Washingtonpost.com, Levingston reviewed the book, “Blind Allegiance to Sarah Palin: A Memoir of Our Tumultuous Years” by Frank Bailey.
Who is Frank Bailey and why did he say he wrote this book?
Bailey signed on very early as a volunteer in Palin’s gubernatorial race, becoming a member of what was known as her Rag Tag Team of insiders. He later became director of boards and commissions in her administration but spent a lot of time carrying out her personal orders usually related to attacking critics.
Why did he write the book? Here’s what he says about that: “I am convinced that her priorities and personality are not only ill-suited to head a political party or occupy national office, but would lead to a disaster of, well, biblical proportions.”
How vindictive is Bailey towards Sarah Palin? Does he also indicate what she does well?
I’d say it’s less vindictiveness than deep disappointment over a broken dream. Palin, to him, was the rare politician who seemed true to her faith and convictions. As he wrote, “In my mind, God had chosen her, and this was His will.”
Bailey seems most bitter over how far Palin appeared to have strayed from her basic religious values, particularly love, honor and charity. “That I turned my back on these teachings and offered her blind allegiance is a cross I will bear forever,” he writes.
The one thing he emphasizes she does well is no surprise to any of us: she can whip up a crowd.
Bailey has said he wrote the book to show the world who the “real” Sarah Palin is. Will readers get a better sense of her?
To those who follow Palin closely, there will be much that is familiar here; but the cumulative effect of so many examples of her pettiness, sensitivity and aggressiveness is to provide a sweeping portrait. Much of the new stuff comes from her small – but intense – battles in Alaska that may not have made national headlines.
For example, she and Bailey went out of their way to smear a guy who lived near the governor’s mansion and who called state offices to complain about all the tourist traffic clogging the streets. This was after Palin returned to Alaska as a superstar following the failed McCain campaign. Ultimately, after Palin and her team got done with him, the neighbor wound up labeled by conservative bloggers as “sick,” “unhinged” and “drug-addicted.” All because he wished to express his concern about the crush of tourists buses around the gov’s mansion.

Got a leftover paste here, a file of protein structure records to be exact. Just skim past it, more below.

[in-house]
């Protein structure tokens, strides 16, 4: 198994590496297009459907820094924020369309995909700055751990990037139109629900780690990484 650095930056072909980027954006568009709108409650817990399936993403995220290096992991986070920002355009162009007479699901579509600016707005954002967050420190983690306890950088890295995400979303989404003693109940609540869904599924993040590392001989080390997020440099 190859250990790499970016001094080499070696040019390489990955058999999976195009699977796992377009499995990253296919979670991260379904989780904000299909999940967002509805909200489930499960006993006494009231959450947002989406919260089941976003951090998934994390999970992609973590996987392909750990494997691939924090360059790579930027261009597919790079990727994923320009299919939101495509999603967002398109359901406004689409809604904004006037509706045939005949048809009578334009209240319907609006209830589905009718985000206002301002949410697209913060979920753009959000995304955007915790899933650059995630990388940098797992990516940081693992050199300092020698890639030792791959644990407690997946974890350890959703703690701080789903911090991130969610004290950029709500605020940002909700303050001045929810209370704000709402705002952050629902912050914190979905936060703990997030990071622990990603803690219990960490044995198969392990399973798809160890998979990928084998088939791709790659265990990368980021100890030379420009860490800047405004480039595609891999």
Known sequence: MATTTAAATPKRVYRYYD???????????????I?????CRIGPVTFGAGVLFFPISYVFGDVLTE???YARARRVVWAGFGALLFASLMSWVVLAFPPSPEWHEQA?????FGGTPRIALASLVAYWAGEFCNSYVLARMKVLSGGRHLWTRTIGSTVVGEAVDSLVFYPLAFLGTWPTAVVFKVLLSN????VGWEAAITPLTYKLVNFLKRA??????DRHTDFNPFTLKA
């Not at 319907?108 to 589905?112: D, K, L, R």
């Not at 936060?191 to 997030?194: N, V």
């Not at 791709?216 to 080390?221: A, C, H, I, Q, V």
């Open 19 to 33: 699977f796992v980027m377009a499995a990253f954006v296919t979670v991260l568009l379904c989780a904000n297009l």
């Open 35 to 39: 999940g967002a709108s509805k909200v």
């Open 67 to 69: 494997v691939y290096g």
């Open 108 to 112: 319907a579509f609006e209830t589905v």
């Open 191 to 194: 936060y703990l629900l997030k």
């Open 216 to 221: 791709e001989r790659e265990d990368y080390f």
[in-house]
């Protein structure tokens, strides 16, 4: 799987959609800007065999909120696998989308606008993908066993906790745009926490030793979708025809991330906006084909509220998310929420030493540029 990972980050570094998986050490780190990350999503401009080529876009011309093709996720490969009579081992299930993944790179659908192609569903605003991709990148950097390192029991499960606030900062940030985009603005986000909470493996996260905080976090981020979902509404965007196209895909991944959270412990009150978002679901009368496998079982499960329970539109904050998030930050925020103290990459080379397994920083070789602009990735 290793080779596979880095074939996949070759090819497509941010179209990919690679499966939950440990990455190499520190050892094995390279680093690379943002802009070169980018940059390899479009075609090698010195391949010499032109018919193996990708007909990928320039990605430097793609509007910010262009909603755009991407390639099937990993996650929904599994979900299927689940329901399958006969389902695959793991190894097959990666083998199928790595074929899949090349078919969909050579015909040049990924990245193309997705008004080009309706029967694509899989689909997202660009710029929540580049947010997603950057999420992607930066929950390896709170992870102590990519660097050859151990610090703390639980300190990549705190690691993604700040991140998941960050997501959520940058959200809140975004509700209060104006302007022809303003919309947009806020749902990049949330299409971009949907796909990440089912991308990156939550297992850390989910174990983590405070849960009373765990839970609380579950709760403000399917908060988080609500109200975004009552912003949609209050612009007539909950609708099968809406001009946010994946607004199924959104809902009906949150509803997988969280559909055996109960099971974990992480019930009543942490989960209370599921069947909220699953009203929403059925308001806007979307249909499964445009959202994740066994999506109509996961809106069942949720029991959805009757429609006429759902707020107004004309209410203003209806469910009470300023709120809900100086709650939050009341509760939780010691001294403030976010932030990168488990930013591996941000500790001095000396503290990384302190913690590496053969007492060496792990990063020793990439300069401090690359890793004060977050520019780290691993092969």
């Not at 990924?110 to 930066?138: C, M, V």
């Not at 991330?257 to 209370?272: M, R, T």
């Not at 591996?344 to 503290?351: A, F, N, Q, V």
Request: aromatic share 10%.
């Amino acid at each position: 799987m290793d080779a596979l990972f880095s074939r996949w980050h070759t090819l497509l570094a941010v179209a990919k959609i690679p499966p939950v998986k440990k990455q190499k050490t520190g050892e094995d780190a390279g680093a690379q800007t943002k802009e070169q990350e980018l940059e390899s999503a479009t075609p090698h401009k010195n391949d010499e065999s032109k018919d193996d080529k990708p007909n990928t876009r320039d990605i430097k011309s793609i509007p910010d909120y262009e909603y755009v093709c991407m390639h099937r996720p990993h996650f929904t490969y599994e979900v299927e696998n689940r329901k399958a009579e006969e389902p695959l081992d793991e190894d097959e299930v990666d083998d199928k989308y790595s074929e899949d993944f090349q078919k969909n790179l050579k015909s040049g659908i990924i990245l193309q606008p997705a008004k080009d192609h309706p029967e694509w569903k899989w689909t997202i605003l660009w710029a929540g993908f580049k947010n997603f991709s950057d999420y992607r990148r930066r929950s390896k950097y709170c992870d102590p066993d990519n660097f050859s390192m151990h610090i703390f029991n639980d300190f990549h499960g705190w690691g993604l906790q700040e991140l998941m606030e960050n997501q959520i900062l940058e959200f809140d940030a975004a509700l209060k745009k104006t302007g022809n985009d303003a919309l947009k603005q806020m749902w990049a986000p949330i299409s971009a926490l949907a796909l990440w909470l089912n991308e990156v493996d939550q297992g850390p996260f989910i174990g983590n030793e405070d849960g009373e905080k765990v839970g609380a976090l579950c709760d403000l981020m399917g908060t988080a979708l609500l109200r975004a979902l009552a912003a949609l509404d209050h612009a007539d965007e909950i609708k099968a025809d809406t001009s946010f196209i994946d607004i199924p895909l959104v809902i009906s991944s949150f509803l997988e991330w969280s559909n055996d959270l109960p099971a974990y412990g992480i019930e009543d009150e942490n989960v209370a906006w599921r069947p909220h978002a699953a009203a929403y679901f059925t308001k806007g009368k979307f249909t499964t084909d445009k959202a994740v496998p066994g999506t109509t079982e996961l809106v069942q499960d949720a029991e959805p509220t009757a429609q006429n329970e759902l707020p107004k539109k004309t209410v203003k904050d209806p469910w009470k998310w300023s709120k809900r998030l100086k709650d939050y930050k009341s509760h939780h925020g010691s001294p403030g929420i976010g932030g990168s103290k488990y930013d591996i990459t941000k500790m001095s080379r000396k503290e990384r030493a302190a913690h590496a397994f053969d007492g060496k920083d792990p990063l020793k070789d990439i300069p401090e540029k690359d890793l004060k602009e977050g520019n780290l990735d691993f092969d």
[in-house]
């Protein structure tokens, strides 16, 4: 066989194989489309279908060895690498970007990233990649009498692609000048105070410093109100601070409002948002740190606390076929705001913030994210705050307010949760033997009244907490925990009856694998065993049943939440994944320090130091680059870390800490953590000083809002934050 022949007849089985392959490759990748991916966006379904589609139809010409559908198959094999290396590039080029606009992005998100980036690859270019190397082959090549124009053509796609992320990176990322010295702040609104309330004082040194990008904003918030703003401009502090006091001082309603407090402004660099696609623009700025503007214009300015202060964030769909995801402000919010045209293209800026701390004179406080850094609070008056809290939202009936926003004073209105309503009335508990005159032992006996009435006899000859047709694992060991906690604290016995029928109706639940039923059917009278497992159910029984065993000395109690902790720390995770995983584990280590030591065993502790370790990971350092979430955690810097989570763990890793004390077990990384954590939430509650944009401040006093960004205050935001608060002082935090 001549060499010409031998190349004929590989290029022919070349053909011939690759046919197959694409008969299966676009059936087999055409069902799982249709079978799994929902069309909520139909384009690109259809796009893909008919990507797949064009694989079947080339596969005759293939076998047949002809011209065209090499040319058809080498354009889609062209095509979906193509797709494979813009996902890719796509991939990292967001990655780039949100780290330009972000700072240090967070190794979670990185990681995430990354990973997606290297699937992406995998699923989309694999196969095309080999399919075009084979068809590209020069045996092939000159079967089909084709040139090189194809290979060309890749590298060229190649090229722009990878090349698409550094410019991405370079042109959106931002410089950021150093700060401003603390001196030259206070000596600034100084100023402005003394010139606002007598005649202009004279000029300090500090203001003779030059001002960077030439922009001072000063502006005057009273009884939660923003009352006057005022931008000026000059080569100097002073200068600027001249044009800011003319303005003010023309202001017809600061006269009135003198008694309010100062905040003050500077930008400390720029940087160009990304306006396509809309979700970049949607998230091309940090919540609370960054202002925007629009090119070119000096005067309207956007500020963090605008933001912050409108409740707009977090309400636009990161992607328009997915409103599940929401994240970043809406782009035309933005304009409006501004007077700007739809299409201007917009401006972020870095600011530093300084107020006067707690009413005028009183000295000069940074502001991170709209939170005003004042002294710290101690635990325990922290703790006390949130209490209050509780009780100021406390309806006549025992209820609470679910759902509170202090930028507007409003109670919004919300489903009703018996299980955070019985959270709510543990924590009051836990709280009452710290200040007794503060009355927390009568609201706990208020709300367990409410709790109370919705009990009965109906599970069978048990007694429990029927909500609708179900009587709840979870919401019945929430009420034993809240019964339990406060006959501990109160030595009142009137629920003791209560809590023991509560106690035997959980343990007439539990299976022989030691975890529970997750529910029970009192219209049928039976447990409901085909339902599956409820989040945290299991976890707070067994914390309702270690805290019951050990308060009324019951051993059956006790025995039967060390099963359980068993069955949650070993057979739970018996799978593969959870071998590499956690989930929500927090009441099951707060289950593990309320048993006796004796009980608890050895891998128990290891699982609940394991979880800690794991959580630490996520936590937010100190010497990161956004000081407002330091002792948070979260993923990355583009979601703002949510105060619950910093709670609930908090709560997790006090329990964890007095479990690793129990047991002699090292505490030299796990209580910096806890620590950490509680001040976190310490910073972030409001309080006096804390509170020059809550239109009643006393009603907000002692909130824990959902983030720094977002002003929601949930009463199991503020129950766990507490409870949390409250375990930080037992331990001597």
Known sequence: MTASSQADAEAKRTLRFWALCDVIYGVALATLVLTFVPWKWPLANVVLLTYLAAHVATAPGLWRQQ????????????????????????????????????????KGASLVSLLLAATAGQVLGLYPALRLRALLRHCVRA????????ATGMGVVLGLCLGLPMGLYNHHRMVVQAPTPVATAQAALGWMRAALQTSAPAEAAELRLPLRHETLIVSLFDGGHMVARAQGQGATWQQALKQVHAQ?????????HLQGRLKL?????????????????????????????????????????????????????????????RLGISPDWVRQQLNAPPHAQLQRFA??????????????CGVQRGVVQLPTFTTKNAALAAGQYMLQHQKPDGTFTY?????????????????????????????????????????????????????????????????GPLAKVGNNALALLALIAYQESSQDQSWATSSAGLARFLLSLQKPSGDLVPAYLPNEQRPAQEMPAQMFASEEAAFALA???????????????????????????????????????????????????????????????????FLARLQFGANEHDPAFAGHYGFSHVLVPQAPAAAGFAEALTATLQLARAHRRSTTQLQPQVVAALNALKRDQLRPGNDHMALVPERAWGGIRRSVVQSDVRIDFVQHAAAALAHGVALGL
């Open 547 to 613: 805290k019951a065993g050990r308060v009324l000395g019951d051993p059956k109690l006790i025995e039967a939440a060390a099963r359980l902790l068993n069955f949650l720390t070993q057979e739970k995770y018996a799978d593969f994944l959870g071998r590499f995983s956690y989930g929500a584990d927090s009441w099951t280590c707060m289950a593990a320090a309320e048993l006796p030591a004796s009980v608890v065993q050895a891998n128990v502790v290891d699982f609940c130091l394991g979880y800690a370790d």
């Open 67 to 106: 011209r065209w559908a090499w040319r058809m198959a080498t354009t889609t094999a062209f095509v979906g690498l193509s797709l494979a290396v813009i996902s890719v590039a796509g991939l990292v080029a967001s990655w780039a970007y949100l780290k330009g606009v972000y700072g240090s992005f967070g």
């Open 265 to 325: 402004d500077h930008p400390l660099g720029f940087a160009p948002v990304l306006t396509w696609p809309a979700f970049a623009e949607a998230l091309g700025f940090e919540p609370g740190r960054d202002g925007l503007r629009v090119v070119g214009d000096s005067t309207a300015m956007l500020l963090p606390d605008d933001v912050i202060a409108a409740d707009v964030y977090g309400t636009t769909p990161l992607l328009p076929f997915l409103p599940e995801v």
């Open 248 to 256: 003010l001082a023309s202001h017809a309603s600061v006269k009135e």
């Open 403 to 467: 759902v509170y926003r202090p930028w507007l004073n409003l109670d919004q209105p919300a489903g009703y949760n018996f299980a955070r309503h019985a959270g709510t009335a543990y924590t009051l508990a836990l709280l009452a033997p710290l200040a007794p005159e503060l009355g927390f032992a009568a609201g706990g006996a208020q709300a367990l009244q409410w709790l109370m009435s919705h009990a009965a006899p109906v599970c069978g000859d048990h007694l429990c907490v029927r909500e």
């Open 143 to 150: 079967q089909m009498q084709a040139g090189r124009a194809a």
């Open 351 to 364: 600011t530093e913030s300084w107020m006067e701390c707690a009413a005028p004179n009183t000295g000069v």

Bailey said the final straw for him came in the summer of 2009, when Palin didn’t attend a rally he believed she’d repeatedly agreed to attend, for supporters of a voter initiative to require minors get parental consent for an abortion. This came after a string of cancellations, including one before a Republican women’s group at the Ronald Reagan Library in California. Her aides claimed no one had committed to this well-publicized event..
“Getting Sarah to meetings and events was like nailing Jell-O to a tree,” Bailey wrote. On the campaign trail and as governor, Sarah went through at least ten schedulers, with few lasting more than months. Nobody wanted the job because Sarah might fail to honor, at the last minute, the smallest commitments, and making excuses for her became a painful burden.”
“In 2009 I had the sense if she made it to the White House and I had stayed silent, I could never forgive myself,” Frank Bailey told The Associated Press.
“Blind Allegiance to Sarah Palin: A Memoir of Our Tumultuous Years” is due out Tuesday and based on tens of thousands of emails that Bailey said he kept during his time with Palin. It began with working on her 2006 gubernatorial campaign and continued through her failed run for vice president in 2008 and her brief stint as governor.